SafeSight’s MRC rail runner was developed to remove the inherent risks from MRC development. This autonomous rail climber can not only assess the development with high-definition video but can simultaneously assess gas conditions in the raise and create a 3D model of the raise, removing the need to put survey teams at risk in measuring an area of unsecured ground.
This technology expedites the development process by achieving multiple outcomes at the same time, including:
- Highlighting any installation drilling or structural issues;
- Identifying any peak gas levels; and
- Ensuring that the orientation of the rays and the rail align with the development plan.
More importantly, all of these outcomes are achieved while keeping workers and supervisors out of the development area until it is confirmed that it is safe and secure to enter.
This is lifesaving technology that removes workers from harm’s way, while at the same time creating a more productive development cycle that can demonstrate compliance. It is not hard to understand why governments are moving to revise health and safety regulations for the future of mining.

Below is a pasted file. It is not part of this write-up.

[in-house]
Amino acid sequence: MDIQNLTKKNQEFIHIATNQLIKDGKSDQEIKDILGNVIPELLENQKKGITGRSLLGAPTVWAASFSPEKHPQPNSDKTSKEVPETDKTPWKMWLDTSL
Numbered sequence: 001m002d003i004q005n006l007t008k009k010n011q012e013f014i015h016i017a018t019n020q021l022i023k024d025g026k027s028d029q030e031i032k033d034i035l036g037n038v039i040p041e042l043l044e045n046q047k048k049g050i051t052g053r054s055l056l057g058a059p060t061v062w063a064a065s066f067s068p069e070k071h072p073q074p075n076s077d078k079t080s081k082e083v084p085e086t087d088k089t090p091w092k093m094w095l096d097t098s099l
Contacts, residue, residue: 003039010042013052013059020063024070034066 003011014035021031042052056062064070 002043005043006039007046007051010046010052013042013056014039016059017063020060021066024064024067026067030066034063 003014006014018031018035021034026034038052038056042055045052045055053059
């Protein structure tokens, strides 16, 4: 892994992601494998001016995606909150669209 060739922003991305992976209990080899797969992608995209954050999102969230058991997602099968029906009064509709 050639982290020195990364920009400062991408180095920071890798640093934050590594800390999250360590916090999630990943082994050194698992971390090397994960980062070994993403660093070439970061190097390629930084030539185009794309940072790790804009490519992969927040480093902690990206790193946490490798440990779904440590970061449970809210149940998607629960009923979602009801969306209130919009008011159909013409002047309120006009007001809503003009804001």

Underground mapping for safety in mining
3D mapping capability underground can now be completed three times faster than traditional methods. In-motion LiDAR mapping is cheaper, faster, and safer than any traditional 3D modelling solution today. Its flexibility allows it to capture data by air, ground, cable and as a handheld unit. For the future of mining, this means better decision-making data for planners and engineers as they look to maximise production potential.
SafeSight’s SafeScanner is a lightweight, in-motion scanner that can collect data in several configurations to meet the needs of the moment, all while keeping operators far from harm’s way. Operators can use underground drones, remote ground units, and handheld carry or cabled configurations to collect any data anywhere.